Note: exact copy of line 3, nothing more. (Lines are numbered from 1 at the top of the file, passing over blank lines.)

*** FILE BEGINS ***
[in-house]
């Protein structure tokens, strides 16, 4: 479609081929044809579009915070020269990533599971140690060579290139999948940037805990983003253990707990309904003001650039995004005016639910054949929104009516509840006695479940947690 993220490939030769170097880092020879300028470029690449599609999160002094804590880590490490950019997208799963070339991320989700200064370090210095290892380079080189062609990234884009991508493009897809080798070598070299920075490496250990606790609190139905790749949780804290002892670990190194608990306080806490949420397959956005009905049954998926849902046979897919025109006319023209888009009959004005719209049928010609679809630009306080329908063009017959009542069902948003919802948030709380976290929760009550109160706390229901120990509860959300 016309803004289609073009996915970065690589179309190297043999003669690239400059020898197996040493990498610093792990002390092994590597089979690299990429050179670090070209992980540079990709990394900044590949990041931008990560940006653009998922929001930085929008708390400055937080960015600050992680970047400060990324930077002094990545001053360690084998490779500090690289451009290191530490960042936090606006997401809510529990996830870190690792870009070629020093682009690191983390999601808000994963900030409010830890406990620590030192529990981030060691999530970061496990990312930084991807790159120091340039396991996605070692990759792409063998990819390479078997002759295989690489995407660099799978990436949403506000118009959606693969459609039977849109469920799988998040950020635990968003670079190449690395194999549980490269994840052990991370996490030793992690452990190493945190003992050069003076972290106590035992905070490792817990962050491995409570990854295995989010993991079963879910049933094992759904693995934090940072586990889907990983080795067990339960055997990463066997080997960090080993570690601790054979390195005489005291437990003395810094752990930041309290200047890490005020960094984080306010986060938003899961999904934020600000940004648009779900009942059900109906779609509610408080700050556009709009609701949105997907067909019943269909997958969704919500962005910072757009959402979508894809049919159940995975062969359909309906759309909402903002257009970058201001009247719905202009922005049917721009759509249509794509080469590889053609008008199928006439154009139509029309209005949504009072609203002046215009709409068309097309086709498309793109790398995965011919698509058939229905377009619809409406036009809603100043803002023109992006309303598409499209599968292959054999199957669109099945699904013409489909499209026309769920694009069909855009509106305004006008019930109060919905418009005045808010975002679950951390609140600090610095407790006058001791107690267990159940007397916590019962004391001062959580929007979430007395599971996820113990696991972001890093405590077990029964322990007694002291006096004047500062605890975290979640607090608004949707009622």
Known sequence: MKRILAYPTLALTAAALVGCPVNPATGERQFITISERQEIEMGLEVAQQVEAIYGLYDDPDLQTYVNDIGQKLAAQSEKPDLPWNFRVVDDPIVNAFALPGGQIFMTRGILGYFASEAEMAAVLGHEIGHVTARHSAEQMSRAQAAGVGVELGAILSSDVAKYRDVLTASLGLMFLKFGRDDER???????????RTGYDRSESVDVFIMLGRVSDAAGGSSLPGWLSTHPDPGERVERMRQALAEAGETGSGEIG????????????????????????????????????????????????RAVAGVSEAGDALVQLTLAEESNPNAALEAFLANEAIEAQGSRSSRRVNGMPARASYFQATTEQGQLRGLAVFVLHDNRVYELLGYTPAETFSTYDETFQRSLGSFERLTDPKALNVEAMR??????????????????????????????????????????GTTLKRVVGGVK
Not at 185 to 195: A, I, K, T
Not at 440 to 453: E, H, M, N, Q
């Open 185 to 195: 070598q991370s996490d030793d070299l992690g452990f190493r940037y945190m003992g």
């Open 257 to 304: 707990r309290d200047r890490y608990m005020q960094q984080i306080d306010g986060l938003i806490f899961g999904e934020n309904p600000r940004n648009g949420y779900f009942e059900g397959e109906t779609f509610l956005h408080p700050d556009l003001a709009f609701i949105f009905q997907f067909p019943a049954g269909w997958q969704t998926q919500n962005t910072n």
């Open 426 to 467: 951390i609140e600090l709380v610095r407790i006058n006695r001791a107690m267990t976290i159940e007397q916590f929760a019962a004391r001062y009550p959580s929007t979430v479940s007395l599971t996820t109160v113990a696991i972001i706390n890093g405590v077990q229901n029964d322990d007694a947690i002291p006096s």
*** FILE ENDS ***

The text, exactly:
Known sequence: MKRILAYPTLALTAAALVGCPVNPATGERQFITISERQEIEMGLEVAQQVEAIYGLYDDPDLQTYVNDIGQKLAAQSEKPDLPWNFRVVDDPIVNAFALPGGQIFMTRGILGYFASEAEMAAVLGHEIGHVTARHSAEQMSRAQAAGVGVELGAILSSDVAKYRDVLTASLGLMFLKFGRDDER???????????RTGYDRSESVDVFIMLGRVSDAAGGSSLPGWLSTHPDPGERVERMRQALAEAGETGSGEIG????????????????????????????????????????????????RAVAGVSEAGDALVQLTLAEESNPNAALEAFLANEAIEAQGSRSSRRVNGMPARASYFQATTEQGQLRGLAVFVLHDNRVYELLGYTPAETFSTYDETFQRSLGSFERLTDPKALNVEAMR??????????????????????????????????????????GTTLKRVVGGVK